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CONFERENCE DIVIDNORM 2016

Metacognitive diversity across cultures: advances and perspectives.
Paris, ENS, les 31 mai et 1er juin 2016.
Retrouvez également les vidéos de la Conférence Dividnorm 2014 :
vimeopro.com/user18735719/metacognitive-diversity

  1. Terry Eskenazi (LNC, ENS Paris) & Amélie Jacquot (LNC, ENS Paris)

    "Social influences on metacognitive evaluations in France and in Japan"

    Social influences on decisions and behaviour have long been studied, however little is known whether metacognitive processes are also susceptible to social influence. In the first part of the talk, we will present a set of behavioural studies, which demonstrated an impact of social feedback on retrospective metacognitive evaluations (i.e. decision confidence), even when the feedback was implicit and entirely unreliable, at the expense of metacognitive accuracy. We will then continue with an fMRI study, which revealed this time an impact of retrospective metacognitive evaluations (i.e. decision confidence) on social feedback processing. The results of parametric analyses revealed that different neuronal populations of the posterior medial frontal cortex (known for its involvement in error detection), are sensitive, on the one hand, to positive feedback with decreasing levels of confidence, and on the other hand, to negative feedback with increasing levels of confidence. We will discuss the respective role of these neuronal populations in decision making.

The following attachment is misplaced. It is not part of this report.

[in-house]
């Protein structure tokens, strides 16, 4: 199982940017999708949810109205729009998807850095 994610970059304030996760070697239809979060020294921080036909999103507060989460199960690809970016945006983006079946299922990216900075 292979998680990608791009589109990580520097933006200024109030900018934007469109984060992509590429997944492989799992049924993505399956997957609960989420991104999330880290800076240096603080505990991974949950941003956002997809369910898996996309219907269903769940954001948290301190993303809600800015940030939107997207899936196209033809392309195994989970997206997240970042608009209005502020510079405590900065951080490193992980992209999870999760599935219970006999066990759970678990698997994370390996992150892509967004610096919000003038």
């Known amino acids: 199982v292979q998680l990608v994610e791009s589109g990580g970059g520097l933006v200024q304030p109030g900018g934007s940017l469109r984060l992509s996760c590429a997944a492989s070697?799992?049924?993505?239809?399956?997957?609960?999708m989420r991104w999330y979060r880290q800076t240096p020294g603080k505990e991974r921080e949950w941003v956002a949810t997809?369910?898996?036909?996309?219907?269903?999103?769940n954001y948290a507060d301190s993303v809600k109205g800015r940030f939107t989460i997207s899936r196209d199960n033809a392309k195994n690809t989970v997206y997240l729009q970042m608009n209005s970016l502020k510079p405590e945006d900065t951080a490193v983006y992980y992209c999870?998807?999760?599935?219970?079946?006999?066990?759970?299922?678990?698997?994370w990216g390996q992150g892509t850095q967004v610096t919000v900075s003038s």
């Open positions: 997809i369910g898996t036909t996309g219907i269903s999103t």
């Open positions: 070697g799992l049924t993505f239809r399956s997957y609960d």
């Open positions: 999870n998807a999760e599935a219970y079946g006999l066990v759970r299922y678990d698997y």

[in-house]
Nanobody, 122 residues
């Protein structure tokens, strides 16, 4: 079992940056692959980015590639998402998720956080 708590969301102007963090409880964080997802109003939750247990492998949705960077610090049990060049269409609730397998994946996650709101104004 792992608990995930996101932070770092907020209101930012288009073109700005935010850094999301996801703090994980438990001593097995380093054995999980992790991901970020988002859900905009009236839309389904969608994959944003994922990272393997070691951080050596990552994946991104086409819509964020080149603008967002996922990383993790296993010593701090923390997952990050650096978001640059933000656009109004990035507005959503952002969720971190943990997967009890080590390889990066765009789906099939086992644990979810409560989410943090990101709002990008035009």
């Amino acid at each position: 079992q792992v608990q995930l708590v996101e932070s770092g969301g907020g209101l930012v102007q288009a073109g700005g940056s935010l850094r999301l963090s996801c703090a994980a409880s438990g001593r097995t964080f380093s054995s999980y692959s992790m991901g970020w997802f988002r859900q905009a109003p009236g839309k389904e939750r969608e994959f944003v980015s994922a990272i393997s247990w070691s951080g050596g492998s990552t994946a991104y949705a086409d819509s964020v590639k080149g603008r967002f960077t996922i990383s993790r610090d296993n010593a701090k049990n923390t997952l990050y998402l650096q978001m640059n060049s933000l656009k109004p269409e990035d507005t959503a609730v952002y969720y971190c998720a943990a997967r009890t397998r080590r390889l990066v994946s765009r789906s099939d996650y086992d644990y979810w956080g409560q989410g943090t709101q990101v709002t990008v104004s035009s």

2. Olivier Le Guen, (CIESAS, Mexico) and Martin Fortier (IJN, ENS, Paris)

    Olivier Le Guen, (CIESAS, Mexico)
    "Metacognition in Yucatec Mayan Children".

    This talk will present recent experimental evidence about Yucatec Mayan children’s metacognitive abilities. Granting that German and Japanese children have been shown by Kim et al.' (2016) study to have a different sensitivity to what they know when reporting knowledge or informing another person, it is worth investigating whether this contrast is also present in children from a non-industrial society. Adapting Kim et al.’s 2016 study, we have explored whether 3,5 to 5 years old children 1) report that they know (or don't) and (2) are (or not) willing to inform another person in three conditions: when they have (a) full knowledge, (b) partial knowledge and (c) no
    knowledge of the location of an object.
    The children have also been subjected to a version of the False Belief Task in which they are asked to deceive another person. This task is used as a comparative method to test how Yucatec Mayan children are managing other’s beliefs. This method is inspired by anthropological considerations relative to the cultural management of epistemicity among the Yucatec Mayans.

    Martin Fortier (IJN, ENS, Paris)
    "Metacognition in supernatural thinking: A probabilistic approach"

    The metacognitive study of supernatural thinking can follow at least two paths. (1) The first consists in examining the diverse epistemic norms that govern the acceptance of supernatural claims. (2) The second focuses on how supernatural beliefs change the way noetic feelings are interpreted and used in self-regulation. In this presentation, some aspects of these two paths will be investigated through a specific case study.